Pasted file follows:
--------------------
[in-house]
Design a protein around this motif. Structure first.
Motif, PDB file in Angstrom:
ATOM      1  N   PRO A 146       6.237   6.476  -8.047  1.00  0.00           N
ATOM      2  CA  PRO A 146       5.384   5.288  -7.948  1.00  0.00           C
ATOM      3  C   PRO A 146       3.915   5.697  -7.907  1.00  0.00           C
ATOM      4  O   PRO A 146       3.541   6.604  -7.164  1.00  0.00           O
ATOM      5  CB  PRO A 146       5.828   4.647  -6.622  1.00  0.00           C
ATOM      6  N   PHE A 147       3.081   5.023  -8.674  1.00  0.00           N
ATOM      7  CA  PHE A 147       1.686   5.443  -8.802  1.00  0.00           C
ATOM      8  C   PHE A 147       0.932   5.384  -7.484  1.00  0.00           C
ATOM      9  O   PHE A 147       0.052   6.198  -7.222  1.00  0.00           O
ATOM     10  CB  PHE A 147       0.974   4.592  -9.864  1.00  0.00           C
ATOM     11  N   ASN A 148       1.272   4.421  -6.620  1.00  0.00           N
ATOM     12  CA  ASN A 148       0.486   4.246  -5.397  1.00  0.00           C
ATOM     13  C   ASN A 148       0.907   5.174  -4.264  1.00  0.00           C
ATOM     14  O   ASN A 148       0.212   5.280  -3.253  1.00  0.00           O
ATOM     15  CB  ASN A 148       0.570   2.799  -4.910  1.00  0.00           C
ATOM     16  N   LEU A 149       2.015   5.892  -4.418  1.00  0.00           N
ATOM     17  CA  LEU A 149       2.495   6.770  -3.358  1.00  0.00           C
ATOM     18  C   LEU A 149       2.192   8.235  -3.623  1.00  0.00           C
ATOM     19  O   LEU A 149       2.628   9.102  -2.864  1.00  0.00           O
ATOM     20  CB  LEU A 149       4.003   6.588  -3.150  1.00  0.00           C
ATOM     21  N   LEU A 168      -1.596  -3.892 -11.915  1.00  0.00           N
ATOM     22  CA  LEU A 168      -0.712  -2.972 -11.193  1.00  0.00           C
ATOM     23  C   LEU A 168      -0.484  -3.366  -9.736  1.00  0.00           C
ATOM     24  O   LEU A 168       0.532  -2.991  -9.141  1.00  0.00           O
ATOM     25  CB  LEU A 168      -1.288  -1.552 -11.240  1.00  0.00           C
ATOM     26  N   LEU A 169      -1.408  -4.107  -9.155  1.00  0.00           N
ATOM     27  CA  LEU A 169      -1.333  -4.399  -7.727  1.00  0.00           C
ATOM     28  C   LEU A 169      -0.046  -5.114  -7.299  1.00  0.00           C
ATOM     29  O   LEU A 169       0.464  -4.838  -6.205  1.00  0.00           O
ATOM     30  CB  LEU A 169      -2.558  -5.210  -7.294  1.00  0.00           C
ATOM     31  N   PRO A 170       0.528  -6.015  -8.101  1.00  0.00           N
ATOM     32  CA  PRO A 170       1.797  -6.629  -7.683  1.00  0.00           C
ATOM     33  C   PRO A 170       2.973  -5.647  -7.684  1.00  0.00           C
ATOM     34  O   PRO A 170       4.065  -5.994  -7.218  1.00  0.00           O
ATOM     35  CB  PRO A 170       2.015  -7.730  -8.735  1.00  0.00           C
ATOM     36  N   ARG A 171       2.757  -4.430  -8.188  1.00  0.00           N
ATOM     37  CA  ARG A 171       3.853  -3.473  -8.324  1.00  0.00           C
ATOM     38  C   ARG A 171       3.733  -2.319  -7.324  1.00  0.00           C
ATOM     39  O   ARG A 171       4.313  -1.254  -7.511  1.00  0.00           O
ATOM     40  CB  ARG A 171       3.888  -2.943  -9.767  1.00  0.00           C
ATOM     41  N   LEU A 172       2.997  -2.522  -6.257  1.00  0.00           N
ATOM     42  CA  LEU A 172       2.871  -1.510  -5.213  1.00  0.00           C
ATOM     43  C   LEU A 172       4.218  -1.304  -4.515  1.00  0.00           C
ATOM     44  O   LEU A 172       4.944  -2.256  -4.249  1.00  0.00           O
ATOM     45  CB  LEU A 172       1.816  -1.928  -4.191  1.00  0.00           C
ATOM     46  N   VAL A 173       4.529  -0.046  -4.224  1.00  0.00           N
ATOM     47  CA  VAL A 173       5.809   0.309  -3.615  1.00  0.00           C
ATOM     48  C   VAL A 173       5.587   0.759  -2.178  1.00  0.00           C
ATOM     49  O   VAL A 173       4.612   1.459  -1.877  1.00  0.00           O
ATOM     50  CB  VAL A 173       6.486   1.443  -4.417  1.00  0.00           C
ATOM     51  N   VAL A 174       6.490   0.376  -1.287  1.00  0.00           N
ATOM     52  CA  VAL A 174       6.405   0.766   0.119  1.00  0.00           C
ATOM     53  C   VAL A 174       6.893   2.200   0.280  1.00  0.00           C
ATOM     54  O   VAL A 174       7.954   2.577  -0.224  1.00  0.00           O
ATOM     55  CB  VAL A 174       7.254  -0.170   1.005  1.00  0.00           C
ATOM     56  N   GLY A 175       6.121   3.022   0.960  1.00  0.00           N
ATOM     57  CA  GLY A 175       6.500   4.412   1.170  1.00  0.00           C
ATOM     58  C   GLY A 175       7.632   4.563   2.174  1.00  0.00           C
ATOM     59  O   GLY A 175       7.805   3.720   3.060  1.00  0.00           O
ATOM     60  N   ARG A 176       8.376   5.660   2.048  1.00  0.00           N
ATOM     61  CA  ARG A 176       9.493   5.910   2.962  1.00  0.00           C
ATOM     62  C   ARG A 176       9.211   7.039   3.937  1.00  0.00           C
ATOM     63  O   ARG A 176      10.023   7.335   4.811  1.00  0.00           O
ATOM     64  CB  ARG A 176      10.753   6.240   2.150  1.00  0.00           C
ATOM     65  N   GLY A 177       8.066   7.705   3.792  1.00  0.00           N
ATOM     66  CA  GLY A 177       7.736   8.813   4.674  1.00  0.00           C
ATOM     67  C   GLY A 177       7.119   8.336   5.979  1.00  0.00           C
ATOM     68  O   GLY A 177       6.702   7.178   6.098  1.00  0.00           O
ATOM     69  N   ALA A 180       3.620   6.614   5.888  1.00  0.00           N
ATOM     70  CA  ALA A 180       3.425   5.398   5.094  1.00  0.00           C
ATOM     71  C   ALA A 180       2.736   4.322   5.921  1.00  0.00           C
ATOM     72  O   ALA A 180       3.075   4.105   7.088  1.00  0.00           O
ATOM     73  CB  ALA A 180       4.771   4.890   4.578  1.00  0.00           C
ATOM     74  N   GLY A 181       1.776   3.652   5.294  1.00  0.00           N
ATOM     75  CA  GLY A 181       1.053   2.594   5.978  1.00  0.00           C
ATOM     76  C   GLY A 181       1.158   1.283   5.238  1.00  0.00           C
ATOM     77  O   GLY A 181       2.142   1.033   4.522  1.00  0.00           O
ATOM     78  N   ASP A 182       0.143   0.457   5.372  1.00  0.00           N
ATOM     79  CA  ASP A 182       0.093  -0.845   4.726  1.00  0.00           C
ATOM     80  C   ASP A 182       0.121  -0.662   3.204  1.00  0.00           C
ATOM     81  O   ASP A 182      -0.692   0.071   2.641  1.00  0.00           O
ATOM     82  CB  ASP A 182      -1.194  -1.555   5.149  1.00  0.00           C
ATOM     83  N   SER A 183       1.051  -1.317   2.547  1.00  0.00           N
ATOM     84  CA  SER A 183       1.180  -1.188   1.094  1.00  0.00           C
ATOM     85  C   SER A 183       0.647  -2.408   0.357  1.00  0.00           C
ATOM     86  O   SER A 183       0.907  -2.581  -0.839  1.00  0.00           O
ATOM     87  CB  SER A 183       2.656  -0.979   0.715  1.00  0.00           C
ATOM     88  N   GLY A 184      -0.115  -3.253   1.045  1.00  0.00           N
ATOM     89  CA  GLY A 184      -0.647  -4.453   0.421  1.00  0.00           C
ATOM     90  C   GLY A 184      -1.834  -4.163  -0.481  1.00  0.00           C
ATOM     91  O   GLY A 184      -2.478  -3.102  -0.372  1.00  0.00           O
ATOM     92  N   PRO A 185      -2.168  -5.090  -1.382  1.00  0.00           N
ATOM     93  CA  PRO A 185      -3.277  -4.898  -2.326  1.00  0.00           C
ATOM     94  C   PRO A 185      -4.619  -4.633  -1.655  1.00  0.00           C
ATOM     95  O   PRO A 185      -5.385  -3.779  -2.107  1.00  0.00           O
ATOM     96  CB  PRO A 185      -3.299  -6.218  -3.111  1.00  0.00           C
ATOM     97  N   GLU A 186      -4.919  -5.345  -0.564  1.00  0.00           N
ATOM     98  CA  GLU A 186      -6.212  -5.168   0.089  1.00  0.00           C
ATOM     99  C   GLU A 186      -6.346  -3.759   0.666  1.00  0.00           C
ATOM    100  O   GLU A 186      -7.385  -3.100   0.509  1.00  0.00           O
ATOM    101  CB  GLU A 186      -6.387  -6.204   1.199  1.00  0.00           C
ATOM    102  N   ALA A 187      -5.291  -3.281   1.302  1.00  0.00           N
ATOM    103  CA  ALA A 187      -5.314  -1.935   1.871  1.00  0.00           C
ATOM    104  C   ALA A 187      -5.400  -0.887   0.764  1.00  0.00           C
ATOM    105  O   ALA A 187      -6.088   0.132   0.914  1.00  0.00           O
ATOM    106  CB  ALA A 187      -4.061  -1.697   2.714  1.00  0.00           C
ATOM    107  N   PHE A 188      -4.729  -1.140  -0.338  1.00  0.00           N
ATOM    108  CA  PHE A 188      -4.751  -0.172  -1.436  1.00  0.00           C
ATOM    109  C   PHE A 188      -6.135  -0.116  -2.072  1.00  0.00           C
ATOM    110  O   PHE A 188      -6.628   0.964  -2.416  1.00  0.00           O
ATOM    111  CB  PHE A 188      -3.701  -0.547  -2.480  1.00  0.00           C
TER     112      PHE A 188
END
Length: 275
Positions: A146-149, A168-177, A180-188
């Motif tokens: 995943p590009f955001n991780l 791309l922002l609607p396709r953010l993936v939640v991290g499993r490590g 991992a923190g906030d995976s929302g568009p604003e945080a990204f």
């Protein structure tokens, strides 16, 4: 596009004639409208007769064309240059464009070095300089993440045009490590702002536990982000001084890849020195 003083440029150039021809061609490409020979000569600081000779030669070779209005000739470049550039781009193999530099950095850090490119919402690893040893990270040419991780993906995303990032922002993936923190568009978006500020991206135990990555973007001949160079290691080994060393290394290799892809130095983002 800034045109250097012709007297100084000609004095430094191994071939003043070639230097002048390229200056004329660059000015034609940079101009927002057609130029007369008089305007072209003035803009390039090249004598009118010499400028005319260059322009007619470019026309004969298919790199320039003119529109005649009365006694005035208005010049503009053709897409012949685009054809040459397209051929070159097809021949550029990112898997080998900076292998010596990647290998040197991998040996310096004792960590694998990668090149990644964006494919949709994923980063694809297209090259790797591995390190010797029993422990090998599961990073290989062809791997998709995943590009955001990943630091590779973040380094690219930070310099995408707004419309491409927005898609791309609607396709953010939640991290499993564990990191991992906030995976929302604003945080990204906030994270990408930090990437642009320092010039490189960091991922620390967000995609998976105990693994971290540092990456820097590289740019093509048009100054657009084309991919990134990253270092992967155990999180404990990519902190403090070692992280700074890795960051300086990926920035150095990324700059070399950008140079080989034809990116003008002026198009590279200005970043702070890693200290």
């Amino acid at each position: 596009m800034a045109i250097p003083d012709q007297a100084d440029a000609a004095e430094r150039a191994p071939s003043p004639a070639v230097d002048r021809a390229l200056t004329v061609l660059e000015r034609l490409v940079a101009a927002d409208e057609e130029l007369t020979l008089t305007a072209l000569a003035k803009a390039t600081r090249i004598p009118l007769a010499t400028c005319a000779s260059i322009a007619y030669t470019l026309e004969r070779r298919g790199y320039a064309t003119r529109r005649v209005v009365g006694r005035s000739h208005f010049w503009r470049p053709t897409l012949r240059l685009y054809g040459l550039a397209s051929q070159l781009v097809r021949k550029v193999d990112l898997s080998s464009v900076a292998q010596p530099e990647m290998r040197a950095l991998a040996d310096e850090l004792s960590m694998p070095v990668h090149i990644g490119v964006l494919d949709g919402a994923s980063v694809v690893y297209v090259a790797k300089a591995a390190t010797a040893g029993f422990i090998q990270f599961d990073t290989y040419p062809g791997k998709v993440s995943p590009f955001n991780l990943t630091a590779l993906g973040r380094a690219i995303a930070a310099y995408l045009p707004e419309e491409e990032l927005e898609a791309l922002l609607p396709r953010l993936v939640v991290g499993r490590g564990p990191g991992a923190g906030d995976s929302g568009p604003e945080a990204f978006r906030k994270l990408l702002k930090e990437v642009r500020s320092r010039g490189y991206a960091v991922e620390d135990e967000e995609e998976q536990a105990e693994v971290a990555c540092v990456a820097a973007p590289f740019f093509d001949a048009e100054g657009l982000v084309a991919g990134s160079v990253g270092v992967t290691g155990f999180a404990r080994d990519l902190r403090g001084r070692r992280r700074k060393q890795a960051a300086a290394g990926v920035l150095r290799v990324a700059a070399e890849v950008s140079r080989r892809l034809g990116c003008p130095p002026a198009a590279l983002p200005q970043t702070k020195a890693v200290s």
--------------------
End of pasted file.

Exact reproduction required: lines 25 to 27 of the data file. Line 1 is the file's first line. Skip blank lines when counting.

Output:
ATOM     22  CA  LEU A 168      -0.712  -2.972 -11.193  1.00  0.00           C
ATOM     23  C   LEU A 168      -0.484  -3.366  -9.736  1.00  0.00           C
ATOM     24  O   LEU A 168       0.532  -2.991  -9.141  1.00  0.00           O